Many M&A professionals are glad to have 2009 behind them, but who knows whether the "M&A nuclear winter" will thaw in 2010 — will valuations rise, and will credit start to flow? Additionally, who are the firms that were able to get deals done in this tough economic environment?
I focus my practice on "middle market" transactions ($5M to $250M deal size) and have been noticing a recent uptick in deal activity. But since there's less margin for error in the current environment, I'd like to share some key success factors I've observed that often separate the successful deals from those that fail. I will also share the success story of Ancor Capital and their ability to get five deals done in the past 15 months.
- Smaller can be better. Smaller transactions are less dependent on bank financing and are therefore easier to close in the current environment. Many buyers are looking to do less risky add-on acquisitions that broaden product penetration, add customers, and so on. Smaller companies are also typically more thinly capitalized, and therefore adverse business conditions may be more likely to drive them to sell all or a portion of their business.
- Look for deep pocketed buyers. Larger transactions are better suited for well financed buyers. Additionally, certainty of closing is often as big an issue for the seller as the sale price. Larger buyers with cash hoards also have an advantage in the acquisition of troubled or bankrupt companies since cash is king in those deals.
- Be flexible with financing. Because the credit markets are so difficult, consider alternative forms of financing, such as buyer stock or a promissory note. But be careful - you will need to consider several "what ifs". What if the buyer defaults on the note? Can the buyer reduce the amount of the note if it has claims against the seller? What if the buyer's stock doesn't turn out to be worth as much as the seller had hoped? And so on. This is where an experienced, professional deal advisor earns his or her keep.
- Creatively bridge any "value gap." Many sellers believe that 2009 was an anomaly, but buyers may not be so sure. Will the seller's business return in 2010? Earnouts, or deferred payments based on the performance of the business after the closing, are commonly used to bridge the gap between the sale price the seller wants to receive and the purchase price the buyer is willing to pay. Because earnouts are often the source of post closing disputes, I often advise clients to seek the advice of a knowledgeable accountant to help them structure earnouts. After the business terms are understood and agreed by the parties, the attorneys are able to draft an earnout provision that is less likely to be challenged. It is also important for the parties to consider whether a dispute resolution mechanism other than a lawsuit will be used to resolve disagreements over earnouts.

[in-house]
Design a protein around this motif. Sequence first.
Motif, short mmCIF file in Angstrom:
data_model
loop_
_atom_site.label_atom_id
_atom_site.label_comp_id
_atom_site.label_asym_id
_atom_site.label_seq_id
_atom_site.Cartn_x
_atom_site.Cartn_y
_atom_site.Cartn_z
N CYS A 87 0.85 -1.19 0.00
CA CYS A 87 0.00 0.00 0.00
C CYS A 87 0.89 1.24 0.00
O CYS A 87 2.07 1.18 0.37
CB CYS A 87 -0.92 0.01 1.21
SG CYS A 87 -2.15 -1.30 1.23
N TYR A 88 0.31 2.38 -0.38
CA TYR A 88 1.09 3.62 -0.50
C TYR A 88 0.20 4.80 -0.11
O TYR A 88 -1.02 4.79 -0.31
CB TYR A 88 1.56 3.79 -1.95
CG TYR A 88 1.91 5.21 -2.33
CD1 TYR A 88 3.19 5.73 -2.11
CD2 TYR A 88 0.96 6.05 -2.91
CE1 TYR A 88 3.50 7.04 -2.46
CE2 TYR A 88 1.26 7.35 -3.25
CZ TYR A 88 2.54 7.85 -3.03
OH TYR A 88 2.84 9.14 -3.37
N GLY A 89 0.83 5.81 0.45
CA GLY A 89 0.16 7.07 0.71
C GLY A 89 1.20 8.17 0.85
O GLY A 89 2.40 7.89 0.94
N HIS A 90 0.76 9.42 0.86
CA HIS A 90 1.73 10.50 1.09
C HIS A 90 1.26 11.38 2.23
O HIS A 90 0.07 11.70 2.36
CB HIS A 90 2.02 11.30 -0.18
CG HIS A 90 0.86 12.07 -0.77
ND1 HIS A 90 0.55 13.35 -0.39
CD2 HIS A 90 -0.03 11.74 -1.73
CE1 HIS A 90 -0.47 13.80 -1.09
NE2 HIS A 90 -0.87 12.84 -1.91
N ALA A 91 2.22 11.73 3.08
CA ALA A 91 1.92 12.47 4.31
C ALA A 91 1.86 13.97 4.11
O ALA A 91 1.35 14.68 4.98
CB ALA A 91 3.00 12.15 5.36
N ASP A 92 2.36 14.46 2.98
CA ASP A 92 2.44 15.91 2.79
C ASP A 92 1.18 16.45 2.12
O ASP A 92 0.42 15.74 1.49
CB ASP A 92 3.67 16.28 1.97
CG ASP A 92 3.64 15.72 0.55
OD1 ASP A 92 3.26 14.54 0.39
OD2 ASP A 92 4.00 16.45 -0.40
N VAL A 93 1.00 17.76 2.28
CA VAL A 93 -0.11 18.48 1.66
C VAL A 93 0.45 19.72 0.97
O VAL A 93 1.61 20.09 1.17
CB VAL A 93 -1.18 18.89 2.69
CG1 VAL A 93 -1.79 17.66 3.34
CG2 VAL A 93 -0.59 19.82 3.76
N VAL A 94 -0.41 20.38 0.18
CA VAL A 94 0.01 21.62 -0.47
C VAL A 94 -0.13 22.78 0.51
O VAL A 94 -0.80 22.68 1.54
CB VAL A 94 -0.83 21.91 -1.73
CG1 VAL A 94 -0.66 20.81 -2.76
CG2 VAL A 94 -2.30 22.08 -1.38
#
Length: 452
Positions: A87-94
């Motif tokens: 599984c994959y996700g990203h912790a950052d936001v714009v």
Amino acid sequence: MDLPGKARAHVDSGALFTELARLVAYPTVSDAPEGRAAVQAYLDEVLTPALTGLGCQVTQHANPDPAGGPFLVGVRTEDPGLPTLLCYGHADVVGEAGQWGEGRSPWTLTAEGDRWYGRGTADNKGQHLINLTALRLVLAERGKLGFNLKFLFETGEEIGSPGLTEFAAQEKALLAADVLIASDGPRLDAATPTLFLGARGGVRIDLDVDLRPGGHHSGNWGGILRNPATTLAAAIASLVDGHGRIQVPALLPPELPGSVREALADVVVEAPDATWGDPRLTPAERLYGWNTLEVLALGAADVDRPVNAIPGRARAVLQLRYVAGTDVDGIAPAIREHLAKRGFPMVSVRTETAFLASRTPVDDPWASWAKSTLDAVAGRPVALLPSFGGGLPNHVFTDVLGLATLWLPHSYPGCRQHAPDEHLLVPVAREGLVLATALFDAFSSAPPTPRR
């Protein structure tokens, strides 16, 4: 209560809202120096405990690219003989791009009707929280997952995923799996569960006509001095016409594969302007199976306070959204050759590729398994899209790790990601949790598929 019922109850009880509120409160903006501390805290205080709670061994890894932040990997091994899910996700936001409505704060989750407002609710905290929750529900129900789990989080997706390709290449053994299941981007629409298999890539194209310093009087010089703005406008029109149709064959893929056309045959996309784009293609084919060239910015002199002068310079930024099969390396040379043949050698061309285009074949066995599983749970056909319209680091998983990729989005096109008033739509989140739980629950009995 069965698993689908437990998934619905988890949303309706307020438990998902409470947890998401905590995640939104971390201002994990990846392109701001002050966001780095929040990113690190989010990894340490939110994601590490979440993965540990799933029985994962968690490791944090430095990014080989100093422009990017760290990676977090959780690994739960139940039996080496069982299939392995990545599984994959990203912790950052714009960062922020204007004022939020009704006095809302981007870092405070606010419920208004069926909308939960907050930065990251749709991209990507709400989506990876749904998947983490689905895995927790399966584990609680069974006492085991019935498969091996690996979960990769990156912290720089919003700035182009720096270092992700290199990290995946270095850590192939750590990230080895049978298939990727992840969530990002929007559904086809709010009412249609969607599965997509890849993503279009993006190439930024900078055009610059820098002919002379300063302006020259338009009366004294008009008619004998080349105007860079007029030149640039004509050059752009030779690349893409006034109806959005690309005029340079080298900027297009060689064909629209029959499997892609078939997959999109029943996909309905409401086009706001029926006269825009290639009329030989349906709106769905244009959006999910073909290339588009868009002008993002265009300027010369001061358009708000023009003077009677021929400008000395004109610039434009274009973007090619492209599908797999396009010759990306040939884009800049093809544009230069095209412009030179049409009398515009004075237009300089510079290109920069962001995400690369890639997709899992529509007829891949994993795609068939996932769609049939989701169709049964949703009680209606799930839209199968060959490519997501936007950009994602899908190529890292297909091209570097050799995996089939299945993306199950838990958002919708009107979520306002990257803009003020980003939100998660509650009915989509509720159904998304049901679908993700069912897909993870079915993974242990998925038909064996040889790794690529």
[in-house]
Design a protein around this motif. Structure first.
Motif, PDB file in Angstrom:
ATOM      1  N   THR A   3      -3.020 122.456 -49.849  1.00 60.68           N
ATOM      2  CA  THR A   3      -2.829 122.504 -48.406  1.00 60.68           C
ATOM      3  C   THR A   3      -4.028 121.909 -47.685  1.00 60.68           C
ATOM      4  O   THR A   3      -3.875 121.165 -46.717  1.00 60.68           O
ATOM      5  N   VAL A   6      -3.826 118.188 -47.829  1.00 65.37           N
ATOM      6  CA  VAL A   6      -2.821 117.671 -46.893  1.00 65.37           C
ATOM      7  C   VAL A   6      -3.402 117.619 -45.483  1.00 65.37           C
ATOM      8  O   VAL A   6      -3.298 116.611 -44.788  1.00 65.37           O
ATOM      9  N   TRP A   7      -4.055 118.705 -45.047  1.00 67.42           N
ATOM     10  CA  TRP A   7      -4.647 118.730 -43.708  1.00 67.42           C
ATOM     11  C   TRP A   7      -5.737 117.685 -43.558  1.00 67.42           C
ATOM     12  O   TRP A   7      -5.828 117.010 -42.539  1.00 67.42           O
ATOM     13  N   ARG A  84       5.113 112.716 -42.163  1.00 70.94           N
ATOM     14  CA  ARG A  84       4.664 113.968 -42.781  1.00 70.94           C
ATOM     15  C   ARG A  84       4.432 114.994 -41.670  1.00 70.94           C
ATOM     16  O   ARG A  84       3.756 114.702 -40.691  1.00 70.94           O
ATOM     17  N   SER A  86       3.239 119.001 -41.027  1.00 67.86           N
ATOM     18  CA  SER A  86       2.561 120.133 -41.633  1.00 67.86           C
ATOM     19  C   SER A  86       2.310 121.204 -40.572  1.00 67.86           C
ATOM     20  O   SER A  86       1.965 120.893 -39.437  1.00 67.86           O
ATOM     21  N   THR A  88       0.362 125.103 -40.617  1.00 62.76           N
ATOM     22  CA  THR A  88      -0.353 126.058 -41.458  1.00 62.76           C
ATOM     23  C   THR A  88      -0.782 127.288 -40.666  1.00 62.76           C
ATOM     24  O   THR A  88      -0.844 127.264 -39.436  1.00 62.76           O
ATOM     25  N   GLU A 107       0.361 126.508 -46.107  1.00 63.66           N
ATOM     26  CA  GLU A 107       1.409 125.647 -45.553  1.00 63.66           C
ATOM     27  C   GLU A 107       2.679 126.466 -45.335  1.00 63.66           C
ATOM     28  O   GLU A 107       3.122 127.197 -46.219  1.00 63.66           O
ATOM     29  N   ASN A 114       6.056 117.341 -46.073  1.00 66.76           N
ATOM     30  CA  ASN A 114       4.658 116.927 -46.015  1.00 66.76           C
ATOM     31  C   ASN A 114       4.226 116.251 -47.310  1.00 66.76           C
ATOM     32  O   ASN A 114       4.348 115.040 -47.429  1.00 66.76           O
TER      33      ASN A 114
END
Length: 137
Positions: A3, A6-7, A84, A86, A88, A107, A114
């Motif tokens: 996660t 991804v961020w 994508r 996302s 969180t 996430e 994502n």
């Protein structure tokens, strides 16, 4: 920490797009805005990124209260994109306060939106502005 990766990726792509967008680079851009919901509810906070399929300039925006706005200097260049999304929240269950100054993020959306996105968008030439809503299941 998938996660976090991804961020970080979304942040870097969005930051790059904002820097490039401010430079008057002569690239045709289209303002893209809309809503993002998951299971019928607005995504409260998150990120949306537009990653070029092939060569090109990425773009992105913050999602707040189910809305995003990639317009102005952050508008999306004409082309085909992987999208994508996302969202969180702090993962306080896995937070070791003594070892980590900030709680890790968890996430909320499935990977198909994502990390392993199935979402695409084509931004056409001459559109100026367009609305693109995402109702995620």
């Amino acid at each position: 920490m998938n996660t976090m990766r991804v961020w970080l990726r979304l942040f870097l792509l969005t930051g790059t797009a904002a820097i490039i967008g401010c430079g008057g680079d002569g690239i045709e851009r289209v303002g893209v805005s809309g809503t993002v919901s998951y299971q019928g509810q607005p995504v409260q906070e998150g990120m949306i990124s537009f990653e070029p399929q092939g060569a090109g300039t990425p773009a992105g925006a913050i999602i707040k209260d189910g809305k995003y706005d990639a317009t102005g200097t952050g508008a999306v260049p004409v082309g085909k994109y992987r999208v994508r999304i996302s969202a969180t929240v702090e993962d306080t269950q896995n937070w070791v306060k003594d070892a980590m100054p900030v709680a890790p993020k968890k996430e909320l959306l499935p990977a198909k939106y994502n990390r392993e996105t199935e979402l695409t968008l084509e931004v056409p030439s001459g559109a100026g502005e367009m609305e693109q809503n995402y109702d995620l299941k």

Additionally, deals can often be structured to reduce taxes in order to increase the portion of the sale proceeds that the seller actually pockets. The key here is to engage tax advisors well in advance of a potential transaction since the seller's flexibility to engage in tax planning transactions decreases as the sale transaction draws closer.
- Minimize surprises. In an M&A transaction, time is typically the enemy of the seller. If word of the deal leaks, then customers, suppliers, and employees can get nervous. Also, the longer the time period to closing, the greater the opportunity for the seller's business to experience a hiccup that may jeopardize the deal or result in a reduced purchase price. Since surprises often trigger delays, it's imperative that the seller use maximum effort to limit surprises. And when the seller becomes aware of a surprise, it's usually best to immediately inform the buyer. Surprises are rarely like fine wine; they don't get better with age.
- Discover the golden handcuffs. Because acquisitions are often as much or more about people than about products, customers, and markets, smart buyers will often look for monetary or non-monetary considerations that will motivate key teams to excel for their new bosses. But make sure to first consult your tax advisors, since the form and structure of different compensation arrangements can have dramatically different tax consequences.
One firm who was able to get deals done in this challenging market was Fort Worth based Ancor Capital. In a 15 month period the Ancor team was able to close five transactions beginning with the acquisition of Care 4 Kids in October 2008, followed by Tom Cat Bakery in January 2009, FCA Packaging in March 2009, Spencer N. Enterprises in August 2009 and finally Tri Trax Healthcare Services in January 2010. According to Brook M. Smith Managing Director at Ancor, “we were able to close on these acquisitions as a result of focusing on quality companies and relying on the long-term relationships we have built with our investor base.” Ancor focuses on the lower end of the middle market in manufacturing and distribution with a particular strength in food and health care and as a result of their strong operational expertise they were able to accomplish what others were not able to during the tumultuous market environment.
As M&A transactions revert to the "new normal," deal execution will become even more critical. Those buyers and sellers that keep their focus on these key success factors will have a greater likelihood of achieving the outcomes they expect.